Now that the crew of Space Shuttle Discovery is safely back on terra firma (along with the entire shuttle fleet, which has once again been grounded over safety concerns), arguments over the future viability of the Shuttle program have resumed in earnest. By far, my favorite swipe at NASA to date has to be today’s Wall Street Journal opinion column (subscription required) by Homer Hickam, a former NASA engineer. Mr Hickam argues that many NASA engineers would like to see the shuttle program shelved in favor of a newer and better vehicle, but they are blocked in their efforts by a “failed culture” within the agency that demands support for the Shuttle.
I love the astronauts, too. They’re brave and they’re smart and some of them are even my friends. Some are even engineers. But there are too many of them (around 100, an awful lot for a program that has flown but once in the past two years) and they are mostly acolytes of the space shuttle. If the shuttles were retired, most astronauts would be very much out on a bureaucratic limb, their training obsolete, their chances of getting into space again, or for the first time, much reduced. Bear that in mind the next time you hear an astronaut support the shuttle even though the U.S. is presently fourth in the ability to put humans reliably into space, behind Russia, China, and Burt Rutan.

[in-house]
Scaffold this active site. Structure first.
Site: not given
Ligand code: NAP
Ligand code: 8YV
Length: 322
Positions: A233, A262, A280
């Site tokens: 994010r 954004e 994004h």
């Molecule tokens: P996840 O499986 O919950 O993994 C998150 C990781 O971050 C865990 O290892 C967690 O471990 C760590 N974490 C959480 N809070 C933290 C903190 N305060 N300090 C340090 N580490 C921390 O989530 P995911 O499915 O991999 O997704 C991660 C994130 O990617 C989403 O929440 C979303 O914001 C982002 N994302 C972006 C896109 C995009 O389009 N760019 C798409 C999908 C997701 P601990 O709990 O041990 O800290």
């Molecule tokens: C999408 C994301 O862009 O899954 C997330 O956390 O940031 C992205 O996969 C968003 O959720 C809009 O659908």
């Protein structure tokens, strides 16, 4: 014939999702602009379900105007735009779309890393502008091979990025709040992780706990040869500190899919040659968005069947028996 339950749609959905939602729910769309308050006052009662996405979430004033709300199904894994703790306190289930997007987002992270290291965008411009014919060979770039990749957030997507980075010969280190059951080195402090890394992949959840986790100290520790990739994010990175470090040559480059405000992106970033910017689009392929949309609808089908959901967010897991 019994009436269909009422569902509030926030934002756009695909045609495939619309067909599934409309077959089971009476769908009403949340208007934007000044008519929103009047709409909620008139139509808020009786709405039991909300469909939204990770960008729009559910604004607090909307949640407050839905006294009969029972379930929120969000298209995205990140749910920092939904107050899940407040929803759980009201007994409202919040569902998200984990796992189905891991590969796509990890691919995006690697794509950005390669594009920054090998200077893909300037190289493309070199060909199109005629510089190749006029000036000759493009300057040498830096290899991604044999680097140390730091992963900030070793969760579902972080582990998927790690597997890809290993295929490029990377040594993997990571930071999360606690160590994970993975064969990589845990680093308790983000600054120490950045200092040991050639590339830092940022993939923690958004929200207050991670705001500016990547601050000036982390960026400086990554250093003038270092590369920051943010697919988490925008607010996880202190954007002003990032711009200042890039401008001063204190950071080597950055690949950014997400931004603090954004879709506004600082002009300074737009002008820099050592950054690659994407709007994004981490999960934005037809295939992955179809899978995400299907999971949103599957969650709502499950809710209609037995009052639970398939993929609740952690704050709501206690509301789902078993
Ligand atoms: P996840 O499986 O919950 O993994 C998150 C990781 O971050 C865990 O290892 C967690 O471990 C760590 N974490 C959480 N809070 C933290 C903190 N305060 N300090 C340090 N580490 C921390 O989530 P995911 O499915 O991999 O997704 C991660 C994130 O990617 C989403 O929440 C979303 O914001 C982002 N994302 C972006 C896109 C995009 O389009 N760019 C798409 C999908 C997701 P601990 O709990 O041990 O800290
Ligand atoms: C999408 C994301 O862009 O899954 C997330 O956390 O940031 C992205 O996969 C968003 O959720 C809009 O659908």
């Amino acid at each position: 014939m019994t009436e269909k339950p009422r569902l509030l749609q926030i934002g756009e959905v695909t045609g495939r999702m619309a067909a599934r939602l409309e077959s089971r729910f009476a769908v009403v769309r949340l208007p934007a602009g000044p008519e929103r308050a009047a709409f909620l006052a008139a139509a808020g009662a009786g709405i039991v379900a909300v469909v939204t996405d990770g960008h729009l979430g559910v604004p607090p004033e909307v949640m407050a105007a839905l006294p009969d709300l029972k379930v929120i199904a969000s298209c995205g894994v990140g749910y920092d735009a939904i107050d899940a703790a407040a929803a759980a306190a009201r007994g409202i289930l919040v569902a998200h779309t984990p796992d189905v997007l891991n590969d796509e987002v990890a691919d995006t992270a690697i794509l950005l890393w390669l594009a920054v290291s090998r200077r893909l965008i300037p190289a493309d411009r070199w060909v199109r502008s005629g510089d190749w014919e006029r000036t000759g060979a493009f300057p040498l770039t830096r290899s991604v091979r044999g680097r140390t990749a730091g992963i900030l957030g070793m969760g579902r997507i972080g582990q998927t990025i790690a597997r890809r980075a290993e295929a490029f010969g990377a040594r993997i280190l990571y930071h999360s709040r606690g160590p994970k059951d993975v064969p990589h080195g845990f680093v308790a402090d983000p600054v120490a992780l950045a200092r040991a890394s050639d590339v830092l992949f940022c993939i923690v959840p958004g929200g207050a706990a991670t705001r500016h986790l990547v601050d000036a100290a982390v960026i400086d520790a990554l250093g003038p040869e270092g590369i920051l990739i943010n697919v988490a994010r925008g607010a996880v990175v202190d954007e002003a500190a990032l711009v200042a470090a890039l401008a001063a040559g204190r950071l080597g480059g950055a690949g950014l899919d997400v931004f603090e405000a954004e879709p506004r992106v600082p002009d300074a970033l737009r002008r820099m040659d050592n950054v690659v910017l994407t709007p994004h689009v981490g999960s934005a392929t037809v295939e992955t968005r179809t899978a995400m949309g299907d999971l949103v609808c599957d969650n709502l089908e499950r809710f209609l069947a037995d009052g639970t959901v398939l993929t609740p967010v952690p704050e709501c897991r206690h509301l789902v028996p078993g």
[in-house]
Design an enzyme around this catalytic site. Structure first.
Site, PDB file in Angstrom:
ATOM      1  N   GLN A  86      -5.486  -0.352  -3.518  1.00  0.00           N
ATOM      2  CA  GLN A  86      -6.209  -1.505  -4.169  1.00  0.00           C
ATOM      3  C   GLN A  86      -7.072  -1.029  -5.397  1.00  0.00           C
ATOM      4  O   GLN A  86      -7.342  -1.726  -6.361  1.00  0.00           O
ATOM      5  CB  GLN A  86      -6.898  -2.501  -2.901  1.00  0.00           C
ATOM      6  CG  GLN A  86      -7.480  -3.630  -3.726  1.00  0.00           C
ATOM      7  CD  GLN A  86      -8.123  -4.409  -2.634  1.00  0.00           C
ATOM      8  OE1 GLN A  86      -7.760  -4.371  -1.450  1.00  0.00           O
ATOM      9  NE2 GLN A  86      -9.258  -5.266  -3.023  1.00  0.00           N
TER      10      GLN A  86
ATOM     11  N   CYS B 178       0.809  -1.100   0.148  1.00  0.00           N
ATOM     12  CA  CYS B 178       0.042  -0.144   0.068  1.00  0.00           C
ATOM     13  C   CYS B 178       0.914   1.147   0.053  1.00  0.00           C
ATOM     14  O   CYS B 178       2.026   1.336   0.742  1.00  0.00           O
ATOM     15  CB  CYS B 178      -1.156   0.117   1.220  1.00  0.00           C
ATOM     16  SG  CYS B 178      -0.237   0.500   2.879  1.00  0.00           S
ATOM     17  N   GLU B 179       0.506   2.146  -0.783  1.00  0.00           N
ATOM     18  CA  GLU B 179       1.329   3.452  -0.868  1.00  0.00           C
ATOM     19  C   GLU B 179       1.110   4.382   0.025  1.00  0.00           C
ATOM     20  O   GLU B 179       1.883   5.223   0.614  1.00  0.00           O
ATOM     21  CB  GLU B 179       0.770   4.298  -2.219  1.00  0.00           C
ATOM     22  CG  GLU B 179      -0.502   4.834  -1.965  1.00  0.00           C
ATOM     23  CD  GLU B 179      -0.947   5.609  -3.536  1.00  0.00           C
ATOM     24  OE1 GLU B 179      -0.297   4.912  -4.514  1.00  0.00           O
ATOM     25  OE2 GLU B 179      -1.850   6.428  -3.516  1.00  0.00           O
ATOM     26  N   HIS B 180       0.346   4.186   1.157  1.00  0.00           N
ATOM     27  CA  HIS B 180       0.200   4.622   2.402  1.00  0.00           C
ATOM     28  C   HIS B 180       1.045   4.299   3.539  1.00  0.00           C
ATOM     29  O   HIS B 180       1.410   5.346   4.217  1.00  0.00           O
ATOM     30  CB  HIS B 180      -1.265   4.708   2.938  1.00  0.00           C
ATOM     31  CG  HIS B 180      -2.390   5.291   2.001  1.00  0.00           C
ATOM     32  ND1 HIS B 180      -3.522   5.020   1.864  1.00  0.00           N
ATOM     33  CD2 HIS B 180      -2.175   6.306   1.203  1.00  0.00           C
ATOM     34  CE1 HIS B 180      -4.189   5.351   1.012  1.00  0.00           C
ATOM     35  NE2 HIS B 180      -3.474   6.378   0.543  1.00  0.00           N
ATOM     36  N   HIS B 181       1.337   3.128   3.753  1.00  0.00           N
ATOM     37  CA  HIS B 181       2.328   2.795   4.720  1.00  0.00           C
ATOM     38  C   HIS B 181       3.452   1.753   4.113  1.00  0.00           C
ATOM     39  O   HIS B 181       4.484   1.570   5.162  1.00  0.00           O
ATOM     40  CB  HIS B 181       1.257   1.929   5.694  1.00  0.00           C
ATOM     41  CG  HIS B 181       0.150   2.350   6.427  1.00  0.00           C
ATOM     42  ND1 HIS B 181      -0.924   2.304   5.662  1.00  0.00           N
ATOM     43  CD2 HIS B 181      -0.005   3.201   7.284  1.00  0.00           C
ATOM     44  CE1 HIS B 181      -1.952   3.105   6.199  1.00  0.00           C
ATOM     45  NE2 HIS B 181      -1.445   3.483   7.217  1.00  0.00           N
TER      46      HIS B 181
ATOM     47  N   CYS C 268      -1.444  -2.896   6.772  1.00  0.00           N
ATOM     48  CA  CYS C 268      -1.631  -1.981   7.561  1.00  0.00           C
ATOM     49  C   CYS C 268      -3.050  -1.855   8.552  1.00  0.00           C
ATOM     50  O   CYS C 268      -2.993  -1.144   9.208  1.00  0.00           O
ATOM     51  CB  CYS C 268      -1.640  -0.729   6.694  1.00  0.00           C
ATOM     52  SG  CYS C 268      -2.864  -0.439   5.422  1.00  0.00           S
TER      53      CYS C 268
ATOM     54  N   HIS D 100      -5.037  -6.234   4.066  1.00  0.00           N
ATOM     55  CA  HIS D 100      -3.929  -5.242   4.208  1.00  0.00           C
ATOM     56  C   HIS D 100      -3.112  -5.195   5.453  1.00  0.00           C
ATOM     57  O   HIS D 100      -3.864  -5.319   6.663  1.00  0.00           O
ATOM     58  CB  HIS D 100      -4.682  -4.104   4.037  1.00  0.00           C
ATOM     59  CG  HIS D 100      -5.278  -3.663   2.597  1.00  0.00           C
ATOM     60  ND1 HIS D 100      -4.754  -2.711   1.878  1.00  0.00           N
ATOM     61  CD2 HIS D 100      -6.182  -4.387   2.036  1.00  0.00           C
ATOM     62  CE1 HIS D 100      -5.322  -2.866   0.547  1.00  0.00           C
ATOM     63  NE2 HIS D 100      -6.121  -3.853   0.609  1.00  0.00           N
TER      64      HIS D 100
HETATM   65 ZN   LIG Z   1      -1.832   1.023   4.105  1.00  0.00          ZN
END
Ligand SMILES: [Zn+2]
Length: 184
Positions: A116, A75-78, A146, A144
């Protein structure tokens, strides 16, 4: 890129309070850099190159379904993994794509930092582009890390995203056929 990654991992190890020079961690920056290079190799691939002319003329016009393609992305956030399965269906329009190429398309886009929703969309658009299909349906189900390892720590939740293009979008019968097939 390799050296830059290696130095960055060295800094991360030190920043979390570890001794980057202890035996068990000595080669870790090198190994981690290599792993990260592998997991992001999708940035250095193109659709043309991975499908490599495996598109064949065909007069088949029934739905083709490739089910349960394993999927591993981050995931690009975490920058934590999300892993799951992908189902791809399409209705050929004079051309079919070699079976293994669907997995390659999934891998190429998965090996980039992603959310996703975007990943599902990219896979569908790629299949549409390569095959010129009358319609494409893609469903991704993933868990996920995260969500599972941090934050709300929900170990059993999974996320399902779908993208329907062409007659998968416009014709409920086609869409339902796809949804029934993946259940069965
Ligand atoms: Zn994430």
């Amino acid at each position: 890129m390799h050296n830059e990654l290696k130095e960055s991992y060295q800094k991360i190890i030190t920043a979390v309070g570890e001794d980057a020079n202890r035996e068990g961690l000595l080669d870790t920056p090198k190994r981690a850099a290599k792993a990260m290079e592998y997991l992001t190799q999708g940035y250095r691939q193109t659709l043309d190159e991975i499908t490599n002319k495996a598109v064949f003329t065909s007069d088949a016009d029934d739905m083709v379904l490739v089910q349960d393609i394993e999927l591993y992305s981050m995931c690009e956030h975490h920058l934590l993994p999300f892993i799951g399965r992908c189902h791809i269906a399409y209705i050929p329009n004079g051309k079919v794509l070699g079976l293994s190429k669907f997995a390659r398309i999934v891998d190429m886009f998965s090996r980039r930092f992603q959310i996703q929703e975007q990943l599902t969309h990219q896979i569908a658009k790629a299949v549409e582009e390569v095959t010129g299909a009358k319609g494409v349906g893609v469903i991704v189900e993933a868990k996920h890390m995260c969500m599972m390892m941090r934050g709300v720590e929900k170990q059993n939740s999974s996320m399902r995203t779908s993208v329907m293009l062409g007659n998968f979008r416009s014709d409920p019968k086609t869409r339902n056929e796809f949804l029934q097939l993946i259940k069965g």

So let’s put the shuttles on the shelf right away and give engineers the gift of designing and building new ships to carry humans into space. These are already on the drawing boards and I believe NASA Administrator Mike Griffin (an engineer) is itching to make them a reality.
I tend to agree that NASA needs to rethink the shuttle program, but the good news is that we don’t have to wait for NASA’s engineers to begin designing vehicles that will launch the next stage of manned spaceflight.